Back at his apartment, it’s dark when she wakes up & gets dressed. Before leaving, she decides to leave a note to her sleeping lover and in looking for note paper, finds a letter from a hospital confirming he has a sexually transmitted disease.
Understandably, she makes a fast exit, but it’s really not her day. In the elevator, she realises she left her ring on the bedside table and has to go back and get it. Here’s where the film veers away from the sexually explicit and voyeuristic, and takes an entirely different course. As the door opens, a large blonde woman dressed in black, with sunglasses and armed with a straight razor attacks Kate, the first swipe opening a long gash in the palm of her hand. Stepping in to the elevator, the vicious attack continues as Kate is sadistically murdered.

The scene is as shocking and unexpected on first viewing as its predecessor in “Psycho” where similarly, the assumed leading lady is murdered about a third of the way through the film signalling that the plot was about to change. Thus, “Dressed to Kill” is no more about Angie Dickenson’s character’s frustrated sex life & casual infidelity from this point forward than “Psycho” was about Janet Leigh’s character’s embezzling money from her employer.
Waiting for the elevator on another floor is Liz Blake, (Nancy Allen in her third consecutive role since “Carrie”for then-husband De Palma.) De Palma wrote the part specifically for Ms Allen, which is a little worrying because Liz Blake’s occupation is as a hooker. As she waits with her client, the lift doors open and Liz sees Kate’s last moments. Instinctively reaching for the doors, she sees the reflection of the killer hiding just out of view by the door and withdraws her hand from the proximity of the poised razor in a tense sequence worthy of Hitchcock, saving herself from being the killer’s second victim. However the straight razor gets dropped and is picked up by Liz. Her client runs for the stairs – unsurprisingly.
Meanwhile, Elliott receives a phone call from “Bobbie” one of his ex patients who is a deranged, homicidal transsexual. Bobbie says that she has been to Ellott’s office and has his straight razor. “Don’t make me be a bad girl again” is the sign off. I have to admit that this begs the question of why, exactly, does a psychiatrist of all people – dealing with the type of patients he obviously in this case deals with, have a razor in his office ?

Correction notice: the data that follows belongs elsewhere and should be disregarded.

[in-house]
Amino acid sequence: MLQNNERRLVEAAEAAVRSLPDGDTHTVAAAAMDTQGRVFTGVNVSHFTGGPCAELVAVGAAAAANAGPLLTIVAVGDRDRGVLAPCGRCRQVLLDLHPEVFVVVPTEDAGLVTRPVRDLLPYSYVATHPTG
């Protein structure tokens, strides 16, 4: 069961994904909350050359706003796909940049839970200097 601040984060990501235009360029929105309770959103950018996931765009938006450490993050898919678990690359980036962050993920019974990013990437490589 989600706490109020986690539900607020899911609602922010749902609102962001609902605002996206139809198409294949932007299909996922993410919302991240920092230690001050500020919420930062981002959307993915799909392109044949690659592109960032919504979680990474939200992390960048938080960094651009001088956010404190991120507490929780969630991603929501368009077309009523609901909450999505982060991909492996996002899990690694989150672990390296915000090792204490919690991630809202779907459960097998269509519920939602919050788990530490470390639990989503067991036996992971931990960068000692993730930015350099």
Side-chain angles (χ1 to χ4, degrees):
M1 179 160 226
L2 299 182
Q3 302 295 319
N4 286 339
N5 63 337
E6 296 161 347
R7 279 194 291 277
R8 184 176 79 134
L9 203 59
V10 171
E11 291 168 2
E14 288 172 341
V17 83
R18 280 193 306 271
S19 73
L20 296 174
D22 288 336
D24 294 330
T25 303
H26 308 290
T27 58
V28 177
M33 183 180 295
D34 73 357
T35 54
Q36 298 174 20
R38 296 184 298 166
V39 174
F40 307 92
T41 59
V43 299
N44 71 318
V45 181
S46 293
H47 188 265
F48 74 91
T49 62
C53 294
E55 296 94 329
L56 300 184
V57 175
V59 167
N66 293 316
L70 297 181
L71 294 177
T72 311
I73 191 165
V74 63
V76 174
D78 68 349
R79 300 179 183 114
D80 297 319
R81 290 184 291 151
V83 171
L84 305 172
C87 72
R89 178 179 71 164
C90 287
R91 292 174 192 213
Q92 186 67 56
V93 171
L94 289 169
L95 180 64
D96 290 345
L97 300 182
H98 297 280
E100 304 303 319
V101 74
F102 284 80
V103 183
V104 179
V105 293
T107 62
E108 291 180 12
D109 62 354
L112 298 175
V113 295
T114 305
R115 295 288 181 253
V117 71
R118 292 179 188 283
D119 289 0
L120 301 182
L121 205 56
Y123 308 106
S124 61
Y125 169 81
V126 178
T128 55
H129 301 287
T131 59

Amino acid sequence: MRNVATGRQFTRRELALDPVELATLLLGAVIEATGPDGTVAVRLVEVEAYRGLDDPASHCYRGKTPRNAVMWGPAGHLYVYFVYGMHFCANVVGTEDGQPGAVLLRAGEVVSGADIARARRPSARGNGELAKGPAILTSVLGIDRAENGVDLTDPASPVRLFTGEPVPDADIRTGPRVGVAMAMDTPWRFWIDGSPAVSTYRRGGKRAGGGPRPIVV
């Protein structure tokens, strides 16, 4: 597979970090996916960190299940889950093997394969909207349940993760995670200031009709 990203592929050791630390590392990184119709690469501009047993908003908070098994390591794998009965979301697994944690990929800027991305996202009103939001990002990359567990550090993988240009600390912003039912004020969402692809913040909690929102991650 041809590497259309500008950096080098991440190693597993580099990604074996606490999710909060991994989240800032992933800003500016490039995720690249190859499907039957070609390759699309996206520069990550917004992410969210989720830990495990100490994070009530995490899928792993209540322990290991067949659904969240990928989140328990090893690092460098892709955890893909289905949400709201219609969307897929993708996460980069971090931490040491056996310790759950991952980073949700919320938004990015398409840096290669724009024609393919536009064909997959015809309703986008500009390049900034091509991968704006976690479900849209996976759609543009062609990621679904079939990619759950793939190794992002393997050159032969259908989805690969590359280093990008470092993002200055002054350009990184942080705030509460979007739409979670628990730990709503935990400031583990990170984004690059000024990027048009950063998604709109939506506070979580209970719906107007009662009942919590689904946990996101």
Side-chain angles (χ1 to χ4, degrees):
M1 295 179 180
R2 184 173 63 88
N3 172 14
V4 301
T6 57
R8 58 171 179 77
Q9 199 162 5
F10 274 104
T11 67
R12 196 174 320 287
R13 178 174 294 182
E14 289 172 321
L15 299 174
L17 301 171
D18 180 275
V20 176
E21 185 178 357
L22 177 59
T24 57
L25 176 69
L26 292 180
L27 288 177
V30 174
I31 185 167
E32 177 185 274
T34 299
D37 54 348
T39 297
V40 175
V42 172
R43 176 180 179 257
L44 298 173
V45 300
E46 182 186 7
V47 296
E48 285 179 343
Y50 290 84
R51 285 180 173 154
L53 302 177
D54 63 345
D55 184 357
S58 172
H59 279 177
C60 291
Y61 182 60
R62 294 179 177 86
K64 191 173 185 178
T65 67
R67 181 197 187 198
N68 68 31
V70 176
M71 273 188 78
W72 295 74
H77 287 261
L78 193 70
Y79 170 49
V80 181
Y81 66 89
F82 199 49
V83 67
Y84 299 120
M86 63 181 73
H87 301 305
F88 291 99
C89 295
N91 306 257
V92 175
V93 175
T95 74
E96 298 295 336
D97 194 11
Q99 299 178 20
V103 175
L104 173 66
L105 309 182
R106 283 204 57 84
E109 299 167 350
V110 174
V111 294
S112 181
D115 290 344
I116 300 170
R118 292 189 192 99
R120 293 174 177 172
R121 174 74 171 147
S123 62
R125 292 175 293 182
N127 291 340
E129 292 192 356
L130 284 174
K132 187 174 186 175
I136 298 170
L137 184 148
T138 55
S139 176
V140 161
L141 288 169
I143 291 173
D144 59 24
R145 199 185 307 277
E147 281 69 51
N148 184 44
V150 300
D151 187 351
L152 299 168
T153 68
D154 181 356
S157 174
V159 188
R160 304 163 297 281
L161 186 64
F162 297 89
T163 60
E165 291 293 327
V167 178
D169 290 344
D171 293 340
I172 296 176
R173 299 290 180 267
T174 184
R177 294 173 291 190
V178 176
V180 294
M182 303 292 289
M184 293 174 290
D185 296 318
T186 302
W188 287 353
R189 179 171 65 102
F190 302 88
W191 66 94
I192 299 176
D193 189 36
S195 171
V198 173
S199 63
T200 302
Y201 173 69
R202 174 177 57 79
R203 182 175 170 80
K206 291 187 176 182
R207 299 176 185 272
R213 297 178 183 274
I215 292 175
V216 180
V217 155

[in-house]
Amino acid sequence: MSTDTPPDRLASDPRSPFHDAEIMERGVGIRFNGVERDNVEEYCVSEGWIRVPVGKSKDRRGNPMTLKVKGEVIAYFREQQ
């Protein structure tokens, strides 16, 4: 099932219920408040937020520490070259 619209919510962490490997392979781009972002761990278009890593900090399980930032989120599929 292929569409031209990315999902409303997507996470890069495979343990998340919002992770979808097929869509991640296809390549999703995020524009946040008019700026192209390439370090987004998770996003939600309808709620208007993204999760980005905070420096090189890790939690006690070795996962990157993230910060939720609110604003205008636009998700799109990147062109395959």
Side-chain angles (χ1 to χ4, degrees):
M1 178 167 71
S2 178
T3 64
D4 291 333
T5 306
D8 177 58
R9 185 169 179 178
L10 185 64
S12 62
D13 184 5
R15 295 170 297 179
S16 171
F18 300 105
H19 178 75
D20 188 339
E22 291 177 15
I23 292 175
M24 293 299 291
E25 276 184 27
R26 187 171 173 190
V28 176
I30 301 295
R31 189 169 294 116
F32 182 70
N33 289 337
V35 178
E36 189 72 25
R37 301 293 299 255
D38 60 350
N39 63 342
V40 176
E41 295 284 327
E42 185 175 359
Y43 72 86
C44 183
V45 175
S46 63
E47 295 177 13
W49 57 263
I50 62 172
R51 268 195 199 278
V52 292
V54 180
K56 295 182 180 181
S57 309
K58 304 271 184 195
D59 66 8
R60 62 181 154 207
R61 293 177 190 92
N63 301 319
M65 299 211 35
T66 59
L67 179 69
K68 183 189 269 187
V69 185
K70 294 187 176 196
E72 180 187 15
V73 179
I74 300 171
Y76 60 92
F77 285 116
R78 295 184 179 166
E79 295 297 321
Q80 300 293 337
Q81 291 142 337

At the police precinct, Liz is poring through books of mug shots, trying to find the killer she glimpsed, watched over by a sceptical Detective Marino (Dennis Franz playing the same crude, abrasive New York cop he ALWAYS seems to play). Liz is a suspect, because her prints are all over the murder weapon, and the only way she can be cleared is by producing her one and only witness – her client, who is nowhere to be found.
Also on hand are a grief stricken Peter who wants to avenge his mother’s death and Dr Elliott who tries to comfort him. Using a home made tap, Peter listens in to the interview between Marino and Elliott. Marino thinks that IF Liz’s story of a killer is true, then it’s reasonable to assume that the killer could be another of Elliott’s patients and wants to see his appointment book. Quoting patient confidentiality, Elliott refuses. Peter then keeps Elliott under surveillance himself, using a hidden time lapse camera to see who visits his office.
Following another threatening call from Bobbie, it seems that wherever Liz goes, Bobbie follows, stalking her. In an attempt to escape, Liz runs down to a subway station and is almost raped by a street gang, saved only by the arrival of the train. Telling her story to a lone cop in the train carriage, both fail to see the street gang board the train lower down the platform, and a certain black clad blonde board from the other direction. Following the departure of the cop at the next station, the gang catch up to Liz a second time, chasing her from carriage to carriage until she runs in to the arms of Bobbie. As Bobbie prepares to kill her, Liz is saved by Peter, who sprays Bobbie in the eyes with some home-made mace, allowing them just enough time to escape.